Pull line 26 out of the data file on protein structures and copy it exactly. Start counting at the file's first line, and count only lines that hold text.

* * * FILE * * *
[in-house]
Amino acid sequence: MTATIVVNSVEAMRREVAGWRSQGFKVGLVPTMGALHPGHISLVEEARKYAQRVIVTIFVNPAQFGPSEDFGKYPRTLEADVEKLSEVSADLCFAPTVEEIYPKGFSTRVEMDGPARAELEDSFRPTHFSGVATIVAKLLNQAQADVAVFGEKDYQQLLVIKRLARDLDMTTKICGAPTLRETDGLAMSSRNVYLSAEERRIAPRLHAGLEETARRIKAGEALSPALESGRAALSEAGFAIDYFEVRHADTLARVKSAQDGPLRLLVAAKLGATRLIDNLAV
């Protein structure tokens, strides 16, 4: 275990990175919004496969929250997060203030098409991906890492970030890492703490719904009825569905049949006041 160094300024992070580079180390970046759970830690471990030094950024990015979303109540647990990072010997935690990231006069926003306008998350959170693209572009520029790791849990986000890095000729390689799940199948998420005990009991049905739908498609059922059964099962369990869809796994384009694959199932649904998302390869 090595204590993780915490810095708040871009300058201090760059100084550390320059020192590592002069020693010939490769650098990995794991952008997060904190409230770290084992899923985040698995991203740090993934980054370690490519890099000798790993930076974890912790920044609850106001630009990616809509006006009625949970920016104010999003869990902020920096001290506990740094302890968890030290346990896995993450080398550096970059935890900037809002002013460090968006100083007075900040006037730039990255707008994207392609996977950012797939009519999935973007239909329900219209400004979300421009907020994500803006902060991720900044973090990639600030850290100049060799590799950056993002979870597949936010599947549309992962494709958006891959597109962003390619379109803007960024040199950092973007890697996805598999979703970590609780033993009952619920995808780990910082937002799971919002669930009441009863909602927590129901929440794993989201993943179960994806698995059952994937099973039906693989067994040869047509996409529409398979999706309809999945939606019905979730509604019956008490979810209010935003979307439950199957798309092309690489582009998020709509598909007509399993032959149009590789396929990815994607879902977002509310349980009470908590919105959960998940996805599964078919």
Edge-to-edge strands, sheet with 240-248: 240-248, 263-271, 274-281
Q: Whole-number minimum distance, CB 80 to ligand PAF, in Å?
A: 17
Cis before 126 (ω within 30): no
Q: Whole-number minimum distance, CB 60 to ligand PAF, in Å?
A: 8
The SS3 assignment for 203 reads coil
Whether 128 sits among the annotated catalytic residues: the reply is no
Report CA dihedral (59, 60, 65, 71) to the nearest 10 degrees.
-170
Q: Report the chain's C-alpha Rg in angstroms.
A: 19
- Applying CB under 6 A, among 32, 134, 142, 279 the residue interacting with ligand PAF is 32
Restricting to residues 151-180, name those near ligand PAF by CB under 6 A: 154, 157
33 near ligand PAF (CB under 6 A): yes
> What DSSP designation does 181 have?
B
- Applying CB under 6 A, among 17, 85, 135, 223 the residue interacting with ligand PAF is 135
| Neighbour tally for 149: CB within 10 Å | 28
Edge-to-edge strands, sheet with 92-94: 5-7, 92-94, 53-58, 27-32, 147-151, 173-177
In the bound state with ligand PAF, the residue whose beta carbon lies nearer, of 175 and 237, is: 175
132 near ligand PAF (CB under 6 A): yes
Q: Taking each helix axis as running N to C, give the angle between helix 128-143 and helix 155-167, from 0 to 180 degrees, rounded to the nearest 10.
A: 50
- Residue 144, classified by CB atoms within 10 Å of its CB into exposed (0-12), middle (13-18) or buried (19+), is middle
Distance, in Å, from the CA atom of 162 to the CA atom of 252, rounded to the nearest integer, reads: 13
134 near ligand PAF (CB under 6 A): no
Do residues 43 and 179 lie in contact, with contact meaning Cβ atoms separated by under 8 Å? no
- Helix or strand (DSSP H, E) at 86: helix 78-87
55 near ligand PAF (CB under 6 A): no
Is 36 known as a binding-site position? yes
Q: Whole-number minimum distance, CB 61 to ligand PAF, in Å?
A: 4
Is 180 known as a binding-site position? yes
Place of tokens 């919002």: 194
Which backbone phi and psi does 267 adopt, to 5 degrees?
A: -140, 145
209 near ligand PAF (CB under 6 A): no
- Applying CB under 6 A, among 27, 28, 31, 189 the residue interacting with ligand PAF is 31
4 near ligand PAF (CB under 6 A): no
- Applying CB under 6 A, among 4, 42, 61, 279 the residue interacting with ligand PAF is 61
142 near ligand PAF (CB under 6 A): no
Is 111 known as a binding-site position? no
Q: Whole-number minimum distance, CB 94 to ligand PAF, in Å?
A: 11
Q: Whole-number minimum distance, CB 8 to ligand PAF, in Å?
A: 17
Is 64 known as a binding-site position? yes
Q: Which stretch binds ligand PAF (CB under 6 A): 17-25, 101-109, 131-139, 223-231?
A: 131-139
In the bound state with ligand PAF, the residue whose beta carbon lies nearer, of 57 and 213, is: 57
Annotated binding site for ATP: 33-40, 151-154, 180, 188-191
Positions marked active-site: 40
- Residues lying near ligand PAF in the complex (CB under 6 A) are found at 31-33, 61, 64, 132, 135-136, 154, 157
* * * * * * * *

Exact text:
Q: Taking each helix axis as running N to C, give the angle between helix 128-143 and helix 155-167, from 0 to 180 degrees, rounded to the nearest 10.